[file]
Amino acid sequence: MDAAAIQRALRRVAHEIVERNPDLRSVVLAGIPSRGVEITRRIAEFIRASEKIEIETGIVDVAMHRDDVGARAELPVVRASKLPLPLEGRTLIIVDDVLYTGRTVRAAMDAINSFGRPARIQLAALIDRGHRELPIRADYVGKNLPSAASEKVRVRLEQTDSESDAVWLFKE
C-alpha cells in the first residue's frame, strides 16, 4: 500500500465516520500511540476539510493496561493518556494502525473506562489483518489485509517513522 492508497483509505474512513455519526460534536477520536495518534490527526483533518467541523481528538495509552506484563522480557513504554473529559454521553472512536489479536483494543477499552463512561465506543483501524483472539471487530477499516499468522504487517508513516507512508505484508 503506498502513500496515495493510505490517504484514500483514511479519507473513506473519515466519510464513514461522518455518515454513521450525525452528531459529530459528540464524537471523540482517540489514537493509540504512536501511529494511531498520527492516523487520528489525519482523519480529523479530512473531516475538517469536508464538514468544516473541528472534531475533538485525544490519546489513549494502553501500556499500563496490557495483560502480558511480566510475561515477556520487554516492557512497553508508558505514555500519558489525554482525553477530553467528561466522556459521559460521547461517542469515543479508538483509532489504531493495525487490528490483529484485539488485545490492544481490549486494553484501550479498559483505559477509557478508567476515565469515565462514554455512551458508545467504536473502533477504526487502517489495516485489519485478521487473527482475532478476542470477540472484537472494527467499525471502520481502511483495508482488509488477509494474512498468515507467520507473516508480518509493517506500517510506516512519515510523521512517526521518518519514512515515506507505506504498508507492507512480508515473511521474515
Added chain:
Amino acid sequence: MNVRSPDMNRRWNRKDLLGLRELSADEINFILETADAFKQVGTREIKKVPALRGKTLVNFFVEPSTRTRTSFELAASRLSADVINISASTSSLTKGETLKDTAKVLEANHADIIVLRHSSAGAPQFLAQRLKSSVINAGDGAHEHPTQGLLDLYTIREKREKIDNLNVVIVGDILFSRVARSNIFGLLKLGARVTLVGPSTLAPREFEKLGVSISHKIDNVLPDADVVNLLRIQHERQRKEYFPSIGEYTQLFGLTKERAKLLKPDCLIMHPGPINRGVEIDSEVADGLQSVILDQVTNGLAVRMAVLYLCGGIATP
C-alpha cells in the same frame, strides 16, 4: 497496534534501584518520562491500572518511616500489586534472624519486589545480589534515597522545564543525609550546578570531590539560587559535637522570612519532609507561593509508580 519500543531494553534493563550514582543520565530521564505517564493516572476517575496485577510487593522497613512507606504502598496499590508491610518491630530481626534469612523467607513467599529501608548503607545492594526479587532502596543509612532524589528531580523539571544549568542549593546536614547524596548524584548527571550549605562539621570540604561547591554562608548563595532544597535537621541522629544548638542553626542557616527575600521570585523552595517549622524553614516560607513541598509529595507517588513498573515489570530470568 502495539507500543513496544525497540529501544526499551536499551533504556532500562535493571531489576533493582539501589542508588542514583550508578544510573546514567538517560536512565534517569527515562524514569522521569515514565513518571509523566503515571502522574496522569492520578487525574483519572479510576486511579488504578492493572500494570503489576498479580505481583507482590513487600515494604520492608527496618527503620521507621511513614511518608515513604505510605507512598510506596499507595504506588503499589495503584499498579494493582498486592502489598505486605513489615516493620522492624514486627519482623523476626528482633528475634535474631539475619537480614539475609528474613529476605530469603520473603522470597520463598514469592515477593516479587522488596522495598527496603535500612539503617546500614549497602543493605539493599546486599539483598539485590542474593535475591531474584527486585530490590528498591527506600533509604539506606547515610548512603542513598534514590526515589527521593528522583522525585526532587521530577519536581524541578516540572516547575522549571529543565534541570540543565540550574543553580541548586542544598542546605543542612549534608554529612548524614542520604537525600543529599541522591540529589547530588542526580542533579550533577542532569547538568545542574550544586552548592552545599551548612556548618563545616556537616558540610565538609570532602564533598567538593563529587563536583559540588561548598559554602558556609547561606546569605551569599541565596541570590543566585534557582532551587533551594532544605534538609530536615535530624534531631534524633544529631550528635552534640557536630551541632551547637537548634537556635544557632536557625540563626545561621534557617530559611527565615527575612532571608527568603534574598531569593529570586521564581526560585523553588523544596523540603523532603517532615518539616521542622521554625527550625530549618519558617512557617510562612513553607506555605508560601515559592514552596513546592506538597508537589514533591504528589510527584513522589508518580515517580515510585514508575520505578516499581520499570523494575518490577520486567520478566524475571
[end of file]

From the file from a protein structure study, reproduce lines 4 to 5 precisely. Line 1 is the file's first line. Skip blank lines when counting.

Amino acid sequence: MNVRSPDMNRRWNRKDLLGLRELSADEINFILETADAFKQVGTREIKKVPALRGKTLVNFFVEPSTRTRTSFELAASRLSADVINISASTSSLTKGETLKDTAKVLEANHADIIVLRHSSAGAPQFLAQRLKSSVINAGDGAHEHPTQGLLDLYTIREKREKIDNLNVVIVGDILFSRVARSNIFGLLKLGARVTLVGPSTLAPREFEKLGVSISHKIDNVLPDADVVNLLRIQHERQRKEYFPSIGEYTQLFGLTKERAKLLKPDCLIMHPGPINRGVEIDSEVADGLQSVILDQVTNGLAVRMAVLYLCGGIATP
C-alpha cells in the same frame, strides 16, 4: 497496534534501584518520562491500572518511616500489586534472624519486589545480589534515597522545564543525609550546578570531590539560587559535637522570612519532609507561593509508580 519500543531494553534493563550514582543520565530521564505517564493516572476517575496485577510487593522497613512507606504502598496499590508491610518491630530481626534469612523467607513467599529501608548503607545492594526479587532502596543509612532524589528531580523539571544549568542549593546536614547524596548524584548527571550549605562539621570540604561547591554562608548563595532544597535537621541522629544548638542553626542557616527575600521570585523552595517549622524553614516560607513541598509529595507517588513498573515489570530470568 502495539507500543513496544525497540529501544526499551536499551533504556532500562535493571531489576533493582539501589542508588542514583550508578544510573546514567538517560536512565534517569527515562524514569522521569515514565513518571509523566503515571502522574496522569492520578487525574483519572479510576486511579488504578492493572500494570503489576498479580505481583507482590513487600515494604520492608527496618527503620521507621511513614511518608515513604505510605507512598510506596499507595504506588503499589495503584499498579494493582498486592502489598505486605513489615516493620522492624514486627519482623523476626528482633528475634535474631539475619537480614539475609528474613529476605530469603520473603522470597520463598514469592515477593516479587522488596522495598527496603535500612539503617546500614549497602543493605539493599546486599539483598539485590542474593535475591531474584527486585530490590528498591527506600533509604539506606547515610548512603542513598534514590526515589527521593528522583522525585526532587521530577519536581524541578516540572516547575522549571529543565534541570540543565540550574543553580541548586542544598542546605543542612549534608554529612548524614542520604537525600543529599541522591540529589547530588542526580542533579550533577542532569547538568545542574550544586552548592552545599551548612556548618563545616556537616558540610565538609570532602564533598567538593563529587563536583559540588561548598559554602558556609547561606546569605551569599541565596541570590543566585534557582532551587533551594532544605534538609530536615535530624534531631534524633544529631550528635552534640557536630551541632551547637537548634537556635544557632536557625540563626545561621534557617530559611527565615527575612532571608527568603534574598531569593529570586521564581526560585523553588523544596523540603523532603517532615518539616521542622521554625527550625530549618519558617512557617510562612513553607506555605508560601515559592514552596513546592506538597508537589514533591504528589510527584513522589508518580515517580515510585514508575520505578516499581520499570523494575518490577520486567520478566524475571